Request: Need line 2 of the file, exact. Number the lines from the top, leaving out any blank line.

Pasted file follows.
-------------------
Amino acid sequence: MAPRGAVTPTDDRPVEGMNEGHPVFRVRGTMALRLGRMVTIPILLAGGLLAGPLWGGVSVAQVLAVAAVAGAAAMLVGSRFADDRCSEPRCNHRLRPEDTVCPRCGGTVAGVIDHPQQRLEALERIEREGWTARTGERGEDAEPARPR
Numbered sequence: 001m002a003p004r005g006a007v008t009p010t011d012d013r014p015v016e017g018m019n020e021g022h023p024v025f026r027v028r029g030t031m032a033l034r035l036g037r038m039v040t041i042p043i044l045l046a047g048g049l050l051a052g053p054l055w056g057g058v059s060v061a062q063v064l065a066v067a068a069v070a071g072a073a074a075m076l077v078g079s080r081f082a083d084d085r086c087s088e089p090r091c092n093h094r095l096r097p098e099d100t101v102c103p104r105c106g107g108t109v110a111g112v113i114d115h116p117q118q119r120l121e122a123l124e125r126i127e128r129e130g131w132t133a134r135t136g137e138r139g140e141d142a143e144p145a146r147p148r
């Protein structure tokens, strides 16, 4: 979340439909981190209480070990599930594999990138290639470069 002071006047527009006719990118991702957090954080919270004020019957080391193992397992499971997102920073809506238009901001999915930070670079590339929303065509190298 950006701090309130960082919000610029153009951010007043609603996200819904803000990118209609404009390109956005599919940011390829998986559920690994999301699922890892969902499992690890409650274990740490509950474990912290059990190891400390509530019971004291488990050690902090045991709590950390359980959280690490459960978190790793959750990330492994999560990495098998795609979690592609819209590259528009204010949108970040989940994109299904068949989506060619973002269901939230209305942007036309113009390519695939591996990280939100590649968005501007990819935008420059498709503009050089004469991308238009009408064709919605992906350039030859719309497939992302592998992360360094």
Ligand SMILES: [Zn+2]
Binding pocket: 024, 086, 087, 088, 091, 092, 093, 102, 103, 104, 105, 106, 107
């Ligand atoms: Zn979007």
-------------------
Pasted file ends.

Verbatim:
Numbered sequence: 001m002a003p004r005g006a007v008t009p010t011d012d013r014p015v016e017g018m019n020e021g022h023p024v025f026r027v028r029g030t031m032a033l034r035l036g037r038m039v040t041i042p043i044l045l046a047g048g049l050l051a052g053p054l055w056g057g058v059s060v061a062q063v064l065a066v067a068a069v070a071g072a073a074a075m076l077v078g079s080r081f082a083d084d085r086c087s088e089p090r091c092n093h094r095l096r097p098e099d100t101v102c103p104r105c106g107g108t109v110a111g112v113i114d115h116p117q118q119r120l121e122a123l124e125r126i127e128r129e130g131w132t133a134r135t136g137e138r139g140e141d142a143e144p145a146r147p148r